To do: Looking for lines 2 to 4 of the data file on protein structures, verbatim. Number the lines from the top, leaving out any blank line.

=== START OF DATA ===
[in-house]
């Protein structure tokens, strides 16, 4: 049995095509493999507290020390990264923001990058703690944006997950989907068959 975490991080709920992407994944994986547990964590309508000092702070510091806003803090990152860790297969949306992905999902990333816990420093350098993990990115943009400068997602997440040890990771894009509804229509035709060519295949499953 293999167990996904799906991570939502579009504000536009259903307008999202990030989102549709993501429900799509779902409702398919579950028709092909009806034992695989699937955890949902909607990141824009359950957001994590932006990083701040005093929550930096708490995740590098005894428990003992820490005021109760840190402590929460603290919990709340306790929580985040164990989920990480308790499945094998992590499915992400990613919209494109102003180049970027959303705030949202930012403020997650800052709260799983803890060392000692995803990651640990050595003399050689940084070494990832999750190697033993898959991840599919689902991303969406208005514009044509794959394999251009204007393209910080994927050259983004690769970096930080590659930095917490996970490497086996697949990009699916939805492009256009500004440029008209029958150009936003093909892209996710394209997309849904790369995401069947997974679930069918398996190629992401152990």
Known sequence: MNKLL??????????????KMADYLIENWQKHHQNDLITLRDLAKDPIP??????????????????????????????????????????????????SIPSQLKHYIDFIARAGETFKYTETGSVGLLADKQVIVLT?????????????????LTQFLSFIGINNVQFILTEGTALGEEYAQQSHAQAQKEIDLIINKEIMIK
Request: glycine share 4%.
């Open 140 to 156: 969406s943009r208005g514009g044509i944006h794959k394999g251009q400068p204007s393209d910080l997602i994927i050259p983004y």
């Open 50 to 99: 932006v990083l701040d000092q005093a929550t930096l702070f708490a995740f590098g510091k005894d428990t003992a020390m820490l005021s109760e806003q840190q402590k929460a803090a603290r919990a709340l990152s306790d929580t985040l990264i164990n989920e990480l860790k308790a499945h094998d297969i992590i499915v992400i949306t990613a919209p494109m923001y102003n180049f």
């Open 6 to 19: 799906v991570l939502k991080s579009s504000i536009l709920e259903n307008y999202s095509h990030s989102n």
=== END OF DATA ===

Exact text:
């Protein structure tokens, strides 16, 4: 049995095509493999507290020390990264923001990058703690944006997950989907068959 975490991080709920992407994944994986547990964590309508000092702070510091806003803090990152860790297969949306992905999902990333816990420093350098993990990115943009400068997602997440040890990771894009509804229509035709060519295949499953 293999167990996904799906991570939502579009504000536009259903307008999202990030989102549709993501429900799509779902409702398919579950028709092909009806034992695989699937955890949902909607990141824009359950957001994590932006990083701040005093929550930096708490995740590098005894428990003992820490005021109760840190402590929460603290919990709340306790929580985040164990989920990480308790499945094998992590499915992400990613919209494109102003180049970027959303705030949202930012403020997650800052709260799983803890060392000692995803990651640990050595003399050689940084070494990832999750190697033993898959991840599919689902991303969406208005514009044509794959394999251009204007393209910080994927050259983004690769970096930080590659930095917490996970490497086996697949990009699916939805492009256009500004440029008209029958150009936003093909892209996710394209997309849904790369995401069947997974679930069918398996190629992401152990």
Known sequence: MNKLL??????????????KMADYLIENWQKHHQNDLITLRDLAKDPIP??????????????????????????????????????????????????SIPSQLKHYIDFIARAGETFKYTETGSVGLLADKQVIVLT?????????????????LTQFLSFIGINNVQFILTEGTALGEEYAQQSHAQAQKEIDLIINKEIMIK
Request: glycine share 4%.